Careful! This means that if a sale is made without warranty and the seller is not a real estate sales professional, the transaction is entirely at the buyer`s own risk. In 2006, Foncière St-Jacques Inc. (the buyer) acquired a building from George Weisz and Robert Wasserman (collectively, the sellers). The building was sold for $3,125,000 and without warranty, « except for the property guarantee. » After the sale, the buyer argued that the work carried out in 2001 and 2006 by a tenant (the tenant) on the building prior to the sale did not comply with the Cultural Heritage Act (Act). The buyer filed a claim for damages of $800,000 against the sellers and the tenant to carry out the work necessary to bring the property into compliance with the law. For example, if you discover major foundation or insulation issues that the seller did not mention during the sale, you will have to live with the consequences. This means that you waive your right to sue the owner for hidden defects. The court`s interpretation of Article 1725 of the CCQ was that a buyer who knows that there could be a public law restriction on a property does not automatically exempt a seller if there is indeed a violation of public law. This practice is mainly practiced in the case of property that we may have received as an inheritance or otherwise and in which we would not have lived and for which we have very little information. However, this is an upward trend, including for « normal » single-family homes. Indeed, in the first months of 2021, 32% of sales of « ordinary » single-family homes in Quebec were made without legal warranty, according to the JLR study.
This represents an increase of 6% compared to 2020 and 15% compared to 2014. However, the parties may agree otherwise. Often, real estate with the indication « without legal guarantee » is for sale. In such cases, the buyer acquires the property at his own risk and waives in advance his right to take legal action against the seller in the event of hidden defects. Often, sellers of such properties are people with limited knowledge of the house, such as liquidators of an estate. As for the validity of the title, the Quebec system of publishing rights is quite reliable and the notary will carry out the same checks whether the sale is made with or without legal guarantee. At this level, the risk is therefore rather low. If you wish to sell something without being held responsible for hidden defects, you must write that the item is « sold at the risk and peril of the buyer, without any guarantee against hidden defects » and not only that « this sale is made without legal guarantee ». However, apart from the financial risk, the sale price could be traded downwards compared to similar properties. So, go ahead and hone your sales skills. The court quickly rejected the sellers` argument that the notice sent by the buyer regarding the breach of public law was too late and concluded that the sellers were aware of the non-compliance issues of the building prior to the sale. The court also concluded that when the property was purchased, the buyer did not have the opportunity to know all the violations of public law related to the work carried out in 2001, even though he knew that the property was subject to certain public law restrictions.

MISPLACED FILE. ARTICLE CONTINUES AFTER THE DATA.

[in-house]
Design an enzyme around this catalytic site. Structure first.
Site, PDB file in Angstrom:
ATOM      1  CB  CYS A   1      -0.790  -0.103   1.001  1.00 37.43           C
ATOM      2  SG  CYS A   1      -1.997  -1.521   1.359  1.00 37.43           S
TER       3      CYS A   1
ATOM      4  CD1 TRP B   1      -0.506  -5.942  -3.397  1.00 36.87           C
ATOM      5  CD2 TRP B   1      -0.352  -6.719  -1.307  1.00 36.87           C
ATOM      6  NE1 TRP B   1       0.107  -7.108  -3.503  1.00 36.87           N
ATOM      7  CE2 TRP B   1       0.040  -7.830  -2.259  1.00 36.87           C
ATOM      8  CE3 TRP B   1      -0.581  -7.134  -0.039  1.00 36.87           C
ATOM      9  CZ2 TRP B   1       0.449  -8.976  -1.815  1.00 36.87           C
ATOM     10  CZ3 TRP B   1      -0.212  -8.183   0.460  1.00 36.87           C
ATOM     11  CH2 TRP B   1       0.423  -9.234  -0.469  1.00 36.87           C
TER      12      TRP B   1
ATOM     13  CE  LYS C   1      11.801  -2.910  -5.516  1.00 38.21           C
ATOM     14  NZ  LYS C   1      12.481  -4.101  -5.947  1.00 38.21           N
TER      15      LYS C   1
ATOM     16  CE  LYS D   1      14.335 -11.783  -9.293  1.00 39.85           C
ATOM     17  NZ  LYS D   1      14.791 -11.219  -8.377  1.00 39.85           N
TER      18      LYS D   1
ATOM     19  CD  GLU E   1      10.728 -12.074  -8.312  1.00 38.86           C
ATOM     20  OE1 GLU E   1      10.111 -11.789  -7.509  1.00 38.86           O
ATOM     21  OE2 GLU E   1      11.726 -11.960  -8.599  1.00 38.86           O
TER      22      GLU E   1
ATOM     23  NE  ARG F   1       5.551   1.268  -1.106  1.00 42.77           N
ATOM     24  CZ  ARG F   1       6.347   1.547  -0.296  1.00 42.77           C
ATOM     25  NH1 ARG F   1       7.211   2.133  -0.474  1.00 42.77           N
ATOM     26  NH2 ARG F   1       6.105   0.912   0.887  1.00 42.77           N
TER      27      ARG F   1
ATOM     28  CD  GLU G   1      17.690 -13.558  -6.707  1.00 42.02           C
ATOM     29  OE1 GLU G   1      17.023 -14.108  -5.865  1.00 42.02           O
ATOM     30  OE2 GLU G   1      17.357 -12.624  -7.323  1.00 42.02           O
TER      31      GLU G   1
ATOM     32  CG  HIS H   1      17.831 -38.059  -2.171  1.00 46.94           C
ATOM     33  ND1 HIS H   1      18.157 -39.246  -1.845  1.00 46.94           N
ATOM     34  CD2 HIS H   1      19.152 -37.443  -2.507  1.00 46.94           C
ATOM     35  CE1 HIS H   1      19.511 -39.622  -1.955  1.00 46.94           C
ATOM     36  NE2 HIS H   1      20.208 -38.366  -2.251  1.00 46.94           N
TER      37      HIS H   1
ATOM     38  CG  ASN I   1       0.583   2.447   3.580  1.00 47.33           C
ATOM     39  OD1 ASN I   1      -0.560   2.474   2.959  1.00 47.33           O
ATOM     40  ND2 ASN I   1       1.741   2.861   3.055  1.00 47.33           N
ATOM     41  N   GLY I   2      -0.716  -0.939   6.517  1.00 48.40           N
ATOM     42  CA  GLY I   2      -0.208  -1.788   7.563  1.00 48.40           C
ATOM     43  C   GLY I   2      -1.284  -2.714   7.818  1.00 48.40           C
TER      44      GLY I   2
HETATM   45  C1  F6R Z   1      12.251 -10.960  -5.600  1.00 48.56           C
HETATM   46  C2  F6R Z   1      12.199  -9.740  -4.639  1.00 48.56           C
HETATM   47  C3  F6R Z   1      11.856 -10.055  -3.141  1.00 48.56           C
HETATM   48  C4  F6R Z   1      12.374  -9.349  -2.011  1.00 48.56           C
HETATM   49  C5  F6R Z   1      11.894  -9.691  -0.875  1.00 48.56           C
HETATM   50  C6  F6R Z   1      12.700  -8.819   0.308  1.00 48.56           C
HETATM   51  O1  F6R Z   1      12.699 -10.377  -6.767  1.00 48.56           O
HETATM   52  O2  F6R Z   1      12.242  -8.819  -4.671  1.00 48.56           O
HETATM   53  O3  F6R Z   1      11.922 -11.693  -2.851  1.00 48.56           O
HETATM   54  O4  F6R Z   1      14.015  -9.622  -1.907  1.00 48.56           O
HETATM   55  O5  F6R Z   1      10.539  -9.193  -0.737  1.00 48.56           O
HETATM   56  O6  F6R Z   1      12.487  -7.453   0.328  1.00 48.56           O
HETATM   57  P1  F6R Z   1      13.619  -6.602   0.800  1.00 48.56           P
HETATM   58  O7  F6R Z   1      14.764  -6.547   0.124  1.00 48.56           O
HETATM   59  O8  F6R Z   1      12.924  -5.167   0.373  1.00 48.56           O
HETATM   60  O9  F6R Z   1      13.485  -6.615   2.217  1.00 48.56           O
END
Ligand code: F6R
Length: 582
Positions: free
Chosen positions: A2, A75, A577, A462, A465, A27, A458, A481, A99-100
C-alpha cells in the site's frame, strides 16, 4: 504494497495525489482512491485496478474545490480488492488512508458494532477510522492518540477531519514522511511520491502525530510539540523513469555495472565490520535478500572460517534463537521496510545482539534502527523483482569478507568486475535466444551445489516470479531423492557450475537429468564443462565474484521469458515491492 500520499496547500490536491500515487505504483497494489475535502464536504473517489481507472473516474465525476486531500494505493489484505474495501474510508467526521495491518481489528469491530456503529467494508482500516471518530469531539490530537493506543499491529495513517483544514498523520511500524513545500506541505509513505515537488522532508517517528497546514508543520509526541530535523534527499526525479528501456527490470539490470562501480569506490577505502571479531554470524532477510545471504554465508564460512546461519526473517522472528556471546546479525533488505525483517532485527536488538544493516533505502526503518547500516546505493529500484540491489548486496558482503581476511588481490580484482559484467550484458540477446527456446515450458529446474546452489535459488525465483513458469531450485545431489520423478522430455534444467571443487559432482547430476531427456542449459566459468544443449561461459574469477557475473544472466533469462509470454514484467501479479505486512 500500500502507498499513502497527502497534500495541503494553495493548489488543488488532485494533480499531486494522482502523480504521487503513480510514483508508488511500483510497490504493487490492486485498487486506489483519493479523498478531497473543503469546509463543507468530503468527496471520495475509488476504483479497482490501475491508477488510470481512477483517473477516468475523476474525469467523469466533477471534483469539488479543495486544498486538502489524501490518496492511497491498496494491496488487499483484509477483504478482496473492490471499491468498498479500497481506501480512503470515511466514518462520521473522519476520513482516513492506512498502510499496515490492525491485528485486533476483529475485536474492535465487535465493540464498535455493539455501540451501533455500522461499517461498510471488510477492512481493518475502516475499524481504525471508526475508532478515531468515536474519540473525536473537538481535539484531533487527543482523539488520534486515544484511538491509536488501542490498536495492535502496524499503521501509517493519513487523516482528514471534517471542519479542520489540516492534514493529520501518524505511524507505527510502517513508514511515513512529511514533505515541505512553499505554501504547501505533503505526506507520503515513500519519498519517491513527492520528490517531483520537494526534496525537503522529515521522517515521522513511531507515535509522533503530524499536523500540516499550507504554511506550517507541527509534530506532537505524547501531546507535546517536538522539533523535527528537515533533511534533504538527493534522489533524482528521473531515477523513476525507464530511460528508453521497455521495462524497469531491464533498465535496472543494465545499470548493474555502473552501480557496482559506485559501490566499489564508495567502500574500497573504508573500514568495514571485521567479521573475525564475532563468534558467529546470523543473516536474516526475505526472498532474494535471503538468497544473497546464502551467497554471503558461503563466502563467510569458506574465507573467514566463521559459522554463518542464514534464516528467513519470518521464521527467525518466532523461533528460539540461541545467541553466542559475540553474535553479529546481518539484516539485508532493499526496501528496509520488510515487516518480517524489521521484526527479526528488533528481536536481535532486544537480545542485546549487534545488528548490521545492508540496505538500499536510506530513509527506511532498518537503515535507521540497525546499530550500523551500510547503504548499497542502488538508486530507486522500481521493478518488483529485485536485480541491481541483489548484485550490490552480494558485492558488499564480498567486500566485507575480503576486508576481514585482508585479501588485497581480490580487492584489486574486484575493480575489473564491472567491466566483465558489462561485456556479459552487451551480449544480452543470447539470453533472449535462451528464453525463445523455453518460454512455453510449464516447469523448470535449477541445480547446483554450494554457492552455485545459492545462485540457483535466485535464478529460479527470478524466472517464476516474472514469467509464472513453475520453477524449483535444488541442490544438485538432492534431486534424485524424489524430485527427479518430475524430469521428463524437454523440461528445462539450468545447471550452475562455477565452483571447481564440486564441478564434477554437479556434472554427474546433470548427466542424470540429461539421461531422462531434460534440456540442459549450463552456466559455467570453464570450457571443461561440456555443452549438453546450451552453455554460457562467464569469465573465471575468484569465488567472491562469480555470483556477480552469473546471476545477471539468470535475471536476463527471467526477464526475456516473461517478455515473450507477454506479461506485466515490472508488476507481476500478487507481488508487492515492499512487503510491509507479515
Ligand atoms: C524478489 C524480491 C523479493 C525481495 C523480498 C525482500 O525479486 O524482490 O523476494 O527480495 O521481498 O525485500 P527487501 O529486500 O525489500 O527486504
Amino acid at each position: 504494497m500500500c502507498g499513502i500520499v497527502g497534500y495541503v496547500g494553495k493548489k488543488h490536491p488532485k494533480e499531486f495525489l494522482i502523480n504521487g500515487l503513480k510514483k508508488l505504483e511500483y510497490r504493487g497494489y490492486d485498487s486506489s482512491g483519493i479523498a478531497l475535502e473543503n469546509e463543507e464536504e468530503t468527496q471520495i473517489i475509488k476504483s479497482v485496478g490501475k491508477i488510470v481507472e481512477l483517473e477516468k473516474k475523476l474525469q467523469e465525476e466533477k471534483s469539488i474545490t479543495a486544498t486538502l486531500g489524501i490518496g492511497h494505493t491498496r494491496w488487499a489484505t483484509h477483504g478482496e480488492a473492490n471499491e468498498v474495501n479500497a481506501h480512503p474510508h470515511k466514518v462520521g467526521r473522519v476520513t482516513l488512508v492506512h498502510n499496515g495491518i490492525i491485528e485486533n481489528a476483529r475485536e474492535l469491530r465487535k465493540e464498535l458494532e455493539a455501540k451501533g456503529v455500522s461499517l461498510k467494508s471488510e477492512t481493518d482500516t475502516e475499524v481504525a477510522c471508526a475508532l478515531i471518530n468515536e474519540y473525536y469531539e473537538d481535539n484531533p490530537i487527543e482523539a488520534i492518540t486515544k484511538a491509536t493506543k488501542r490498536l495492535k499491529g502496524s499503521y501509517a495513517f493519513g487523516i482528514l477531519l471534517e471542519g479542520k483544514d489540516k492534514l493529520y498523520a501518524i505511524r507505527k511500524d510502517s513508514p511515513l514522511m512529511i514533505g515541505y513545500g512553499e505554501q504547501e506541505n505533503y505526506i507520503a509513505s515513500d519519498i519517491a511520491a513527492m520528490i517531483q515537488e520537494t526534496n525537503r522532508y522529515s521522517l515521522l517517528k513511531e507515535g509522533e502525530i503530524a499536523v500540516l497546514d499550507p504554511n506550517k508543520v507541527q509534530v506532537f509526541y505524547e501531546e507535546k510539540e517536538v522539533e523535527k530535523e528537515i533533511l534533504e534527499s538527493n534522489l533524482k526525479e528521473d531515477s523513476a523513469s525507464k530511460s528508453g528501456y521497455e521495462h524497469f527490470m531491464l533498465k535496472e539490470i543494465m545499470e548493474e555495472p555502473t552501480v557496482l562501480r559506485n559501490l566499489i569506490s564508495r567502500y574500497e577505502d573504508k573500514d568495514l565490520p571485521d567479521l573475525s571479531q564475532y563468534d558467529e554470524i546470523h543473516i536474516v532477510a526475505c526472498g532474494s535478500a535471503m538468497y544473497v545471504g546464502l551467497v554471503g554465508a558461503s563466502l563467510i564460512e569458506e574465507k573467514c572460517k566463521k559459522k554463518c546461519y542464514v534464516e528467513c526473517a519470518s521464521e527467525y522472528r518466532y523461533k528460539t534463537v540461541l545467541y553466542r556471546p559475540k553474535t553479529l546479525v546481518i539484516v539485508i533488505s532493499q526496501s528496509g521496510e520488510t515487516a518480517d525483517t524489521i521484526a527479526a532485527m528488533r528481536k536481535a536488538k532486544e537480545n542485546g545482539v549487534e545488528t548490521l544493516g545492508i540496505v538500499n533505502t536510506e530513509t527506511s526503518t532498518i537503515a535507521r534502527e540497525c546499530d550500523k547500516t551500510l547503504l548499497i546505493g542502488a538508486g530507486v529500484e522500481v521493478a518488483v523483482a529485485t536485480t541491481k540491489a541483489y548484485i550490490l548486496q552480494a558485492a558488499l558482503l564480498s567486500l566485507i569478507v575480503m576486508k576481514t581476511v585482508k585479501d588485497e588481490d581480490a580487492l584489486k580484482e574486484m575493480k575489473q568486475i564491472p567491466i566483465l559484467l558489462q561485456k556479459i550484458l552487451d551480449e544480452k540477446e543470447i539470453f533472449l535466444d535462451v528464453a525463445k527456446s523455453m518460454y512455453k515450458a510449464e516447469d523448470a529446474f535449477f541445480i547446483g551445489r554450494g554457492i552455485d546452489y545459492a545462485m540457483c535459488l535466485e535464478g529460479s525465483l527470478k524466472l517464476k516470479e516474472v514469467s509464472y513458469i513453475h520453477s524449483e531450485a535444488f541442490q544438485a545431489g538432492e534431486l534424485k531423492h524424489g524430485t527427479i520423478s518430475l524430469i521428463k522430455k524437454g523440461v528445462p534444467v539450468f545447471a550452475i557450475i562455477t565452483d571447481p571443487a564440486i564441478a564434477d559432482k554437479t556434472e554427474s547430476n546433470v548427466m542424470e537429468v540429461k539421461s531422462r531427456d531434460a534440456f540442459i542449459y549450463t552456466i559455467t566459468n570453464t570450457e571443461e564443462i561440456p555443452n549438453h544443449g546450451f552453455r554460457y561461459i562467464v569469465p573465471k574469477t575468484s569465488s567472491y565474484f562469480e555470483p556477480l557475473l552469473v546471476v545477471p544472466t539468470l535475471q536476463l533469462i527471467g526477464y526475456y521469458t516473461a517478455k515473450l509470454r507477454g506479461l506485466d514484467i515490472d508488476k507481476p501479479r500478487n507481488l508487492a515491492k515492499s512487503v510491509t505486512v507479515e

What is particularly worrying about this decision is that we must now be aware that a guarantee can go far beyond what is only provided for in terms of title. If the court finds in this case that it is the « right of ownership », what else could be covered? Whether it`s zoning issues, building code violations or fire safety requirements or other issues that we don`t normally think are covered if only a guarantee is given for the property? The guarantee of the right of ownership concerns defects of ownership. This could, for example, refer to a default in the mortgage related to the property before the sale. In return for the risk assumed by the buyer, the sale price is generally lower than that of a comparable property. Thus, buyers who agree to take an additional risk benefit from a discount. So, what risks are buyers exposed to? However, this exception is not faultless. If the seller did not mention the hidden defects of which he was aware or should have been aware, you can always take legal action. Now, the interesting part of the decision: the court breaks down the meaning of « a sale without warranty, with the exception of the guarantee relating to the property » and concludes that in such a sale, although the seller does not guarantee the quality of the property, he guarantees the « right of ownership ». In any case, the seller is legally obliged to declare all known problems of the property with or without legal warranty. You have finally found the house of your dreams, but it is sold without legal guarantee? Should you buy it anyway? SSQ Insurance will tell you a little more about this clause and what to do in this situation.
If the legal warranty is excluded, you cannot sue the seller for problems due to hidden defects. Your only option would be to show that the seller was hiding the truth about a part of the sale that was important to you. In fact, this part must be so important to you that if you had known, you wouldn`t have bought the house. .